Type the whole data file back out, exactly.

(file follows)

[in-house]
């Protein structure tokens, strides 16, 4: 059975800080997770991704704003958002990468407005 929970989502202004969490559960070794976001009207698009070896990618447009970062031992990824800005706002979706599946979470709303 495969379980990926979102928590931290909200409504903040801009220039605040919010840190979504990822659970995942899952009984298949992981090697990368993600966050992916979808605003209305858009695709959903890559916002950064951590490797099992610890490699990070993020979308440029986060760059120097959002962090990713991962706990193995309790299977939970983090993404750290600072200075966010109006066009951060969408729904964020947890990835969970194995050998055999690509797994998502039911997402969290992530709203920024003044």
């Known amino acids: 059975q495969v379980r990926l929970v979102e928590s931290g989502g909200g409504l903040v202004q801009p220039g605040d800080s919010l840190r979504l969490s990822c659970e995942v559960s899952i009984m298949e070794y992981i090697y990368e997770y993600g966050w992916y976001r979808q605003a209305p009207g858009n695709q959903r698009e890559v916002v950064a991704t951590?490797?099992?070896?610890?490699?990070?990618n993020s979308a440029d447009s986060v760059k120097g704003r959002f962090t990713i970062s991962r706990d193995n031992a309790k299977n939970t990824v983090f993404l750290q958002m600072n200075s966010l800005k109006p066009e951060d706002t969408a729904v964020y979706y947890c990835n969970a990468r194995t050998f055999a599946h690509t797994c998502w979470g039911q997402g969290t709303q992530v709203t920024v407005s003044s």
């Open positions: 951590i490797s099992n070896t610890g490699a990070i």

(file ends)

[in-house]
């Protein structure tokens, strides 16, 4: 059975800080997770991704704003958002990468407005 929970989502202004969490559960070794976001009207698009070896990618447009970062031992990824800005706002979706599946979470709303 495969379980990926979102928590931290909200409504903040801009220039605040919010840190979504990822659970995942899952009984298949992981090697990368993600966050992916979808605003209305858009695709959903890559916002950064951590490797099992610890490699990070993020979308440029986060760059120097959002962090990713991962706990193995309790299977939970983090993404750290600072200075966010109006066009951060969408729904964020947890990835969970194995050998055999690509797994998502039911997402969290992530709203920024003044």
């Known amino acids: 059975q495969v379980r990926l929970v979102e928590s931290g989502g909200g409504l903040v202004q801009p220039g605040d800080s919010l840190r979504l969490s990822c659970e995942v559960s899952i009984m298949e070794y992981i090697y990368e997770y993600g966050w992916y976001r979808q605003a209305p009207g858009n695709q959903r698009e890559v916002v950064a991704t951590?490797?099992?070896?610890?490699?990070?990618n993020s979308a440029d447009s986060v760059k120097g704003r959002f962090t990713i970062s991962r706990d193995n031992a309790k299977n939970t990824v983090f993404l750290q958002m600072n200075s966010l800005k109006p066009e951060d706002t969408a729904v964020y979706y947890c990835n969970a990468r194995t050998f055999a599946h690509t797994c998502w979470g039911q997402g969290t709303q992530v709203t920024v407005s003044s």
């Open positions: 951590i490797s099992n070896t610890g490699a990070i």